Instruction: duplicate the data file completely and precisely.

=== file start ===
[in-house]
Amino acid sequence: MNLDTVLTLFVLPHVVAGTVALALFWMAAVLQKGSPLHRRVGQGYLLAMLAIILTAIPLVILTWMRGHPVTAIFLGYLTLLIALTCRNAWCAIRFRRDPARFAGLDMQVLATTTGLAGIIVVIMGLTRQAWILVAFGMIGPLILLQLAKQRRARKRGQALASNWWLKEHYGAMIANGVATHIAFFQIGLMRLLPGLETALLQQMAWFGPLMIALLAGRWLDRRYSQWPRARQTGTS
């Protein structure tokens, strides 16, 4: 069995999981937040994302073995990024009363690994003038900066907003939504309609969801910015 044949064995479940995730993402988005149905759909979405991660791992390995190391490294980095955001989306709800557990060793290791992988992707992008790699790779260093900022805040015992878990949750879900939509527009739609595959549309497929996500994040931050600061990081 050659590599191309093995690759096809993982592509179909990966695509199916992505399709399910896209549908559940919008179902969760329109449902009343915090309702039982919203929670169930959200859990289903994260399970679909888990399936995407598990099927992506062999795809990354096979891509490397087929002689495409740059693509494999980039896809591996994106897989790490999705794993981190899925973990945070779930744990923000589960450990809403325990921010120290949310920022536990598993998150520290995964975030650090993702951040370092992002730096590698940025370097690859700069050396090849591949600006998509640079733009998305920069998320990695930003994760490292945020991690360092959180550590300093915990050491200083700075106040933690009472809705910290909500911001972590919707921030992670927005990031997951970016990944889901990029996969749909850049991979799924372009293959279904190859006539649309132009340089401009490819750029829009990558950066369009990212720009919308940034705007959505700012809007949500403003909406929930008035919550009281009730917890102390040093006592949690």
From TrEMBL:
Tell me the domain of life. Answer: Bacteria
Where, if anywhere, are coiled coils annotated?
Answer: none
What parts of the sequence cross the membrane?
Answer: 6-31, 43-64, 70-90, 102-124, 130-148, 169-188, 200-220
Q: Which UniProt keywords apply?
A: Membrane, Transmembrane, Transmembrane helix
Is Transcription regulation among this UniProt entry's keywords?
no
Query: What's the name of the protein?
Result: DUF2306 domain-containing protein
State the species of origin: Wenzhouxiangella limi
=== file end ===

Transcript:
[in-house]
Amino acid sequence: MNLDTVLTLFVLPHVVAGTVALALFWMAAVLQKGSPLHRRVGQGYLLAMLAIILTAIPLVILTWMRGHPVTAIFLGYLTLLIALTCRNAWCAIRFRRDPARFAGLDMQVLATTTGLAGIIVVIMGLTRQAWILVAFGMIGPLILLQLAKQRRARKRGQALASNWWLKEHYGAMIANGVATHIAFFQIGLMRLLPGLETALLQQMAWFGPLMIALLAGRWLDRRYSQWPRARQTGTS
């Protein structure tokens, strides 16, 4: 069995999981937040994302073995990024009363690994003038900066907003939504309609969801910015 044949064995479940995730993402988005149905759909979405991660791992390995190391490294980095955001989306709800557990060793290791992988992707992008790699790779260093900022805040015992878990949750879900939509527009739609595959549309497929996500994040931050600061990081 050659590599191309093995690759096809993982592509179909990966695509199916992505399709399910896209549908559940919008179902969760329109449902009343915090309702039982919203929670169930959200859990289903994260399970679909888990399936995407598990099927992506062999795809990354096979891509490397087929002689495409740059693509494999980039896809591996994106897989790490999705794993981190899925973990945070779930744990923000589960450990809403325990921010120290949310920022536990598993998150520290995964975030650090993702951040370092992002730096590698940025370097690859700069050396090849591949600006998509640079733009998305920069998320990695930003994760490292945020991690360092959180550590300093915990050491200083700075106040933690009472809705910290909500911001972590919707921030992670927005990031997951970016990944889901990029996969749909850049991979799924372009293959279904190859006539649309132009340089401009490819750029829009990558950066369009990212720009919308940034705007959505700012809007949500403003909406929930008035919550009281009730917890102390040093006592949690």
From TrEMBL:
Tell me the domain of life. Answer: Bacteria
Where, if anywhere, are coiled coils annotated?
Answer: none
What parts of the sequence cross the membrane?
Answer: 6-31, 43-64, 70-90, 102-124, 130-148, 169-188, 200-220
Q: Which UniProt keywords apply?
A: Membrane, Transmembrane, Transmembrane helix
Is Transcription regulation among this UniProt entry's keywords?
no
Query: What's the name of the protein?
Result: DUF2306 domain-containing protein
State the species of origin: Wenzhouxiangella limi